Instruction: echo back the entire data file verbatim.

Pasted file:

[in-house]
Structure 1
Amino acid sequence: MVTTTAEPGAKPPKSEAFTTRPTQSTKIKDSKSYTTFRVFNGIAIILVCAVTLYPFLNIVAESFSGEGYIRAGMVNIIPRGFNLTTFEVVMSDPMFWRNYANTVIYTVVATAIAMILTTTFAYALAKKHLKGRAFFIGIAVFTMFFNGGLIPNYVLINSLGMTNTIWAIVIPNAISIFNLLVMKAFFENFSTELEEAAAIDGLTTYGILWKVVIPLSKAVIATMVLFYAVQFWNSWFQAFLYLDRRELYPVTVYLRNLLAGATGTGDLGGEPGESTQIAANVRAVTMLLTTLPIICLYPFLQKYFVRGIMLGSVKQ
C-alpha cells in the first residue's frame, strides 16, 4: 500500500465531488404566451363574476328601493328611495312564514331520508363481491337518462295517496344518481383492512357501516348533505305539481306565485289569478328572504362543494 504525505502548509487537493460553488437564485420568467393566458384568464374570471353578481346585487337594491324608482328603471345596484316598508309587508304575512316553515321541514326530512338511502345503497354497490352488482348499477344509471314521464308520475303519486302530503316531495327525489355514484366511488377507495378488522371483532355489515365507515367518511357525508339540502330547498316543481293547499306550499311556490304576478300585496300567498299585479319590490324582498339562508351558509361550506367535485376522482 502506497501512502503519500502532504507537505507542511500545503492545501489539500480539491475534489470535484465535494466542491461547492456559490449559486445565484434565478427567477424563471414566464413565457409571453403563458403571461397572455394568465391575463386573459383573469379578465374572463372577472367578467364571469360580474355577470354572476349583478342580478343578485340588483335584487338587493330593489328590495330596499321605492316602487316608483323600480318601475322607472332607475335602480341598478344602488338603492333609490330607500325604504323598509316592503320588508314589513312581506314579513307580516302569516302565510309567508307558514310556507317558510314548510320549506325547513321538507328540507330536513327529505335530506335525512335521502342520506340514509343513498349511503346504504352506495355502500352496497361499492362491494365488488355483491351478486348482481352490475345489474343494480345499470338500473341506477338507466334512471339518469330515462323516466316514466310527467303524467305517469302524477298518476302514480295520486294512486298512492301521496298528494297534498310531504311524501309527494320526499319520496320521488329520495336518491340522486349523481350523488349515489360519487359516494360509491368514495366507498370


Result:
[in-house]
Structure 1
Amino acid sequence: MVTTTAEPGAKPPKSEAFTTRPTQSTKIKDSKSYTTFRVFNGIAIILVCAVTLYPFLNIVAESFSGEGYIRAGMVNIIPRGFNLTTFEVVMSDPMFWRNYANTVIYTVVATAIAMILTTTFAYALAKKHLKGRAFFIGIAVFTMFFNGGLIPNYVLINSLGMTNTIWAIVIPNAISIFNLLVMKAFFENFSTELEEAAAIDGLTTYGILWKVVIPLSKAVIATMVLFYAVQFWNSWFQAFLYLDRRELYPVTVYLRNLLAGATGTGDLGGEPGESTQIAANVRAVTMLLTTLPIICLYPFLQKYFVRGIMLGSVKQ
C-alpha cells in the first residue's frame, strides 16, 4: 500500500465531488404566451363574476328601493328611495312564514331520508363481491337518462295517496344518481383492512357501516348533505305539481306565485289569478328572504362543494 504525505502548509487537493460553488437564485420568467393566458384568464374570471353578481346585487337594491324608482328603471345596484316598508309587508304575512316553515321541514326530512338511502345503497354497490352488482348499477344509471314521464308520475303519486302530503316531495327525489355514484366511488377507495378488522371483532355489515365507515367518511357525508339540502330547498316543481293547499306550499311556490304576478300585496300567498299585479319590490324582498339562508351558509361550506367535485376522482 502506497501512502503519500502532504507537505507542511500545503492545501489539500480539491475534489470535484465535494466542491461547492456559490449559486445565484434565478427567477424563471414566464413565457409571453403563458403571461397572455394568465391575463386573459383573469379578465374572463372577472367578467364571469360580474355577470354572476349583478342580478343578485340588483335584487338587493330593489328590495330596499321605492316602487316608483323600480318601475322607472332607475335602480341598478344602488338603492333609490330607500325604504323598509316592503320588508314589513312581506314579513307580516302569516302565510309567508307558514310556507317558510314548510320549506325547513321538507328540507330536513327529505335530506335525512335521502342520506340514509343513498349511503346504504352506495355502500352496497361499492362491494365488488355483491351478486348482481352490475345489474343494480345499470338500473341506477338507466334512471339518469330515462323516466316514466310527467303524467305517469302524477298518476302514480295520486294512486298512492301521496298528494297534498310531504311524501309527494320526499319520496320521488329520495336518491340522486349523481350523488349515489360519487359516494360509491368514495366507498370